Recently he discussed the value of fullbacks in the NFL and opined that the league’s defenses have adjusted to the position so well that the usefulness of the position is in decline. I wonder if LaDainian Tomlinson would agree. Fullback Lorenzo Neal had something to do with Tomlinson’s NFL record 31 TD’s in 2006, don’t you think?

But back to Yaffe’s bite…

On more than one occasion 24x7 has felt the pinch of those canines too as our integrity has been openly questioned on air by Yaffe. Recently he claimed that I suggested that he was demoted by the Blackbirds. First of all, I have as much interest in what he did or didn’t do for the Blackbirds as I do in the dietary supplements he used to peddle – in other words none! I don’t care if he was demoted or promoted. I have more interest in whether the traffic light on Harford Road and North Avenue is functioning properly than in Yaffe’s burgeoning career as a football coach.

Here’s a guy that talks about integrity then assigns anonymous comments on my blog to me and labels them as flawed reporting lacking in integrity.
(see link)

I’ll let you be the judge. In the meantime, I feel like I need a shower stooping to these depths but when your integrity is erroneously called into question, you need to bite back.

Now can someone please pass me the mouthwash?

Almost four years ago (it seems much longer) the Orioles announced the hiring of Lee Mazzilli. One of the other candidates vying for the position at the time was Terry Francona. Francona lost out and now just a presidential term later, he has two rings and an 8-0 record in the World Series.

More recently Joe Girardi spurned the Orioles hoping for a better opportunity. He got his earlier this week as the new Yankees’ skipper.

With about 9 minutes left to go in the fourth quarter against the Redskins last week, the Patriots faced a fourth and goal from the 2. The Pats went for it and converted on a Tom Brady TD pass making the score 45-0. Belichick must be feeling pretty invincible these days but don’t be surprised if he raises the ire of one too many overzealous defenders who might throw caution to the wind in pursuit of Tom Brady. Then what?

The Patriots take their act of perfection to the RCA Dome in Indy to face the other act of perfection in ’07, the Indianapolis Colts. In the AFC Championship Game last season under the same roof, the Colts battled back from a 21-6 halftime deficit to win 38-34. The Patriots couldn’t stop the Colts on third down in the second half as Indy converted 6 of 7 third downs due in large part to their ability to run the ball effectively in key situations. The Colts had 93 net rushing yards after the break as center Jeff Saturday controlled the interior line of scrimmage. Don’t be surprised to see more of the same.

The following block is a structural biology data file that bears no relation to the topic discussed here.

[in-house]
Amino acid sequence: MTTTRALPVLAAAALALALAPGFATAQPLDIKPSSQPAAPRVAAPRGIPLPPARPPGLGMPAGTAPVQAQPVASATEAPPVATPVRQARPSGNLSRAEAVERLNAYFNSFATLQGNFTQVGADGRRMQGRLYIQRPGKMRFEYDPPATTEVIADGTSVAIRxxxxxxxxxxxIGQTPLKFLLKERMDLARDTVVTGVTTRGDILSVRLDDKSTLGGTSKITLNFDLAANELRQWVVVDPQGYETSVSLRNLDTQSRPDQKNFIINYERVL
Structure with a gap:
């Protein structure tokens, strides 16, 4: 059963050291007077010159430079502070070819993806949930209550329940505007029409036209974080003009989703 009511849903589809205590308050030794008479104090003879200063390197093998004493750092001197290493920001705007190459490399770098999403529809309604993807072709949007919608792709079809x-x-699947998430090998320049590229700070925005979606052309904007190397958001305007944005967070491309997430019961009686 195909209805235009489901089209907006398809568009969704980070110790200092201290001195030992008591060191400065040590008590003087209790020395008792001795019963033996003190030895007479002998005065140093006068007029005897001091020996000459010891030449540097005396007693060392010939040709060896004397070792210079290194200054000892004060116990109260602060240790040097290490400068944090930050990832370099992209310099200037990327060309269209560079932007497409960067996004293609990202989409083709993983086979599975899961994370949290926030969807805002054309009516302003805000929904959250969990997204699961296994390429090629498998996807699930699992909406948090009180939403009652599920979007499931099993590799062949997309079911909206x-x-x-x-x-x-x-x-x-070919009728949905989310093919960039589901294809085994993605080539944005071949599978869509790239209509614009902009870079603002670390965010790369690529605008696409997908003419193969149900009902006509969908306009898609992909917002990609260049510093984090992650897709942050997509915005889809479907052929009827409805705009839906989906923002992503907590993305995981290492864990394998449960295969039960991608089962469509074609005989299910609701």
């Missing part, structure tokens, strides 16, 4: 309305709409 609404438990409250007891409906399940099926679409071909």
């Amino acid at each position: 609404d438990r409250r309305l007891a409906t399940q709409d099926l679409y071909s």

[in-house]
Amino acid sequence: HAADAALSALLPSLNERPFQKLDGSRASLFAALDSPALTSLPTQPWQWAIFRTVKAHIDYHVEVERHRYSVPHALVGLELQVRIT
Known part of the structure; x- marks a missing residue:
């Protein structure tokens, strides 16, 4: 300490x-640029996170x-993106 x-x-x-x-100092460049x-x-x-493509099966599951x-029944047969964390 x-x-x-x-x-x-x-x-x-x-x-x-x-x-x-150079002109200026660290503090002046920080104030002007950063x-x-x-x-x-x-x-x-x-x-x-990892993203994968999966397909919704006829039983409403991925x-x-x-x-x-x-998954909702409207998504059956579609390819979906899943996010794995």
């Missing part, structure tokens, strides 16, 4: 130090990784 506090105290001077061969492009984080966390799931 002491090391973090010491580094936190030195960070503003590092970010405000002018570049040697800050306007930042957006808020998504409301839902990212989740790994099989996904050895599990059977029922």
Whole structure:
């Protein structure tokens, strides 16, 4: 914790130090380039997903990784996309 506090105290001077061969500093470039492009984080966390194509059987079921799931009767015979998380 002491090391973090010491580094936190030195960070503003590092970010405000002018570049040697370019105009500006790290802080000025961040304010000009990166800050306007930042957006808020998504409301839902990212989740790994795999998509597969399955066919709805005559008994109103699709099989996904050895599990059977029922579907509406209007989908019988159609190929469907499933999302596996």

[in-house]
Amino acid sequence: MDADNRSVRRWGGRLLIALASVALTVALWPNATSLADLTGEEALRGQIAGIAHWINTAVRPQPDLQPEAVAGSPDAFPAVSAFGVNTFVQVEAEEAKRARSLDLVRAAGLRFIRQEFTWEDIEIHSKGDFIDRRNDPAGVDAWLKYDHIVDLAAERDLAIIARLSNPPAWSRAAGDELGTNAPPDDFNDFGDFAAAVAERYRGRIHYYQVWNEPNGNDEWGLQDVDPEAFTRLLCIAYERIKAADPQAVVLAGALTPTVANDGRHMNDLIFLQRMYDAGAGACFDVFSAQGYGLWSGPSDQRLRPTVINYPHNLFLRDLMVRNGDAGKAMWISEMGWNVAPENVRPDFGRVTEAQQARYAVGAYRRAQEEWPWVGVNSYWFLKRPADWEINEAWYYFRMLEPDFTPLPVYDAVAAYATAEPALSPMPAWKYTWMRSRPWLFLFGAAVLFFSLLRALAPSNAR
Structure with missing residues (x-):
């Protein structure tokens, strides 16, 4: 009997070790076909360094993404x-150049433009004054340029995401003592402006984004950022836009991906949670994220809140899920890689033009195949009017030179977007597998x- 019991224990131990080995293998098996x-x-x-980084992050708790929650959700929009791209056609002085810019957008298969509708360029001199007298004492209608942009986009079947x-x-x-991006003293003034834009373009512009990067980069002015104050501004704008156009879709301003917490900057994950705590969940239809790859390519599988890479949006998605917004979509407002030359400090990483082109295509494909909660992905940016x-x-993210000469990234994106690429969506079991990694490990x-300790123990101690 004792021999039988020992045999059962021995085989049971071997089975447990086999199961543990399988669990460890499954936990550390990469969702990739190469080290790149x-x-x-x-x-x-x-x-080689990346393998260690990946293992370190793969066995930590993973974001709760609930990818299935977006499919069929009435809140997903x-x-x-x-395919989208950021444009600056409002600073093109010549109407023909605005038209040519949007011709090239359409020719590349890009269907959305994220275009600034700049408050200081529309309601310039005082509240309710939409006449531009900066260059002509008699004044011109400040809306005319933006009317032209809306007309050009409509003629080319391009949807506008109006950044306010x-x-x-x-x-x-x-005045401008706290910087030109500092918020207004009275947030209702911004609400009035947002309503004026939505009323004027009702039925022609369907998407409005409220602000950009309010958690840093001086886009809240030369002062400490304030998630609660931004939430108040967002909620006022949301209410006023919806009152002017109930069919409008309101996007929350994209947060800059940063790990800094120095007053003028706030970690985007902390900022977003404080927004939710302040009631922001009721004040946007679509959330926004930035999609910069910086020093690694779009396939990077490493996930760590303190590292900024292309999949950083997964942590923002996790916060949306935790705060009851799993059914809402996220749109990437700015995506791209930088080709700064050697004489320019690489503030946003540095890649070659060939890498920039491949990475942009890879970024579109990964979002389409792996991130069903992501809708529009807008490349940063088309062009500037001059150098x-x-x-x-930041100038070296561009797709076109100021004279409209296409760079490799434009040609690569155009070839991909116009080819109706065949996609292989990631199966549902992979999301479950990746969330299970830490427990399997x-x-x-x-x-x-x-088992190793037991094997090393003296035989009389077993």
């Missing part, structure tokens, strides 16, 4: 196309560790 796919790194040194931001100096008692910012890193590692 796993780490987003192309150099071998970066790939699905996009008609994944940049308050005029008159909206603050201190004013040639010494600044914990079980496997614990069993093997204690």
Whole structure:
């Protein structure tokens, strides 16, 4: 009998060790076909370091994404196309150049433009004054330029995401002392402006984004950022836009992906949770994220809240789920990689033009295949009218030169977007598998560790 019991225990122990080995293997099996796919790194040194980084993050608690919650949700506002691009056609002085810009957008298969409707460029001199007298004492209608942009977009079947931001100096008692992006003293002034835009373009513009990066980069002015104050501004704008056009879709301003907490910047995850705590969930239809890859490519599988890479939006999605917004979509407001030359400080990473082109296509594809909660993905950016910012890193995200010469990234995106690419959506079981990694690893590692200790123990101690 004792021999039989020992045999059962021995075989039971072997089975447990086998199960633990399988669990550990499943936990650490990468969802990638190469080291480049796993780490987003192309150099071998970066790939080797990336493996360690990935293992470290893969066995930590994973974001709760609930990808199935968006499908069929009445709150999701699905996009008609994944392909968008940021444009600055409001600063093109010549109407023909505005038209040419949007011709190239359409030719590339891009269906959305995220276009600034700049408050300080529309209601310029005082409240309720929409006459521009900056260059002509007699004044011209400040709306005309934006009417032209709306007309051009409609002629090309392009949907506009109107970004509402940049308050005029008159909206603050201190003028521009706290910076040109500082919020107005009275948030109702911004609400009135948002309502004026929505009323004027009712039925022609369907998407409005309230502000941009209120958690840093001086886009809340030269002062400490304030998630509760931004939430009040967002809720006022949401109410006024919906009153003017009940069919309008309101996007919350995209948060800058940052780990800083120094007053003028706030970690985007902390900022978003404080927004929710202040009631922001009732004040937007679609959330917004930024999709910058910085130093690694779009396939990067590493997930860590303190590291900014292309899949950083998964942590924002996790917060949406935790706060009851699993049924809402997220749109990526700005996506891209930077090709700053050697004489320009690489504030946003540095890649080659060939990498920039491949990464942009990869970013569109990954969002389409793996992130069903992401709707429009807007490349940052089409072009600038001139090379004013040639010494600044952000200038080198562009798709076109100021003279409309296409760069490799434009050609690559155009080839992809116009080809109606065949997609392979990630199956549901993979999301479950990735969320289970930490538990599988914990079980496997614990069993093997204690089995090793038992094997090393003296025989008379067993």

Patriots linebacker Mike Vrabel has had a banner season so far and won his first AFC Defensive Player of the Week award last week during the aforementioned thumping of the Redskins. In addition to his 13 tackles, 3 sacks, and 3 forced fumbles Vrabel also caught a touchdown pass. Now I don’t know about you but when No. 50 checks in down inside the 5 yard line as an eligible receiver, you better put a body on the guy. Since 2002 Vrabel has eight catches to his credit for a grand total of 11 yards. All eight catches have been for touchdowns.

Check this out from SI’s Peter King, perhaps the country’s biggest Patriots’ apologist:

The Ravens travel to Pittsburgh for a key divisional battle with the 5-2 Steelers this weekend. Though it may be a little early to label any game a "must win," this one may just be that for the Ravens. After Pittsburgh, Baltimore hosts their other division rivals — Cincinnati and Cleveland.

Everyone looks at Sunday's game against the Colts as the biggest challenge in the Patriots' bid for an undefeated season. Agreed. But the other game that has a chance to be competitive -- notice I didn't say "the game they have a chance to lose?'' -- is the Monday-nighter on Dec. 3 at Baltimore. No team gets up for a prime time, national TV game like the Ravens.

Has King been paying attention to the results of those prime time games? The Ravens might get up for them, but they don’t put up during them.

The Steelers cut former second round pick Ricardo Colclough this week. The cornerback was selected by Pittsburgh in 2004. There’s always a danger in selecting and projecting players from small schools like Tusculum into the NFL. Apparently the Steelers saw enough despite the high price of a second round pick. Might the same be in store for the Ravens’ David Pittman, a third round pick out of Northwestern State. Word is that the Ravens defensive coaches aren't very thrilled with the second year CB. FYI, the Browns picked up Colclough on waivers. Who among us would be surprised if they did the same with Pittman if he too is cut loose?

The NFL fined 49ers kicker Joe Nedney $7,500 for flashing the finger that universally does not represent peace, love and happiness. Nedney flipped the bird to a heckler at Monster Park during the Niners loss to the Saints. Ravens fans certainly have a warm spot in their hearts for the former temporary Raven who missed a game winning field goal in San Francisco to the delight of the many Baltimore fans in attendance.

"I should've counted to 10 and taken a couple deep breaths. A comment was made to me at the wrong time and I lashed out, and now I've financially paid the consequences," Nedney said.

The line on the Ravens @ Steelers opened at 7 ½ points and in some betting houses the line has climbed to 10. That could be cause for concern to Ravens’ fans. Pittsburgh lines generally seem to be a bit slanted towards the Steelers with the hope that a higher line will entice more money to go against them thus leveling out the distribution of wagered funds. Still, the line is big and while there is really no compelling reason to pick the Ravens straight up other than their complete domination of the Steelers last year, if Rex Ryan can answer the Steelers’ no huddle and clog Ben Roethlisberger’s passing lanes during his 3 and 5 step drops, I’ll go with the good guys – Ravens 19, Steelers 17.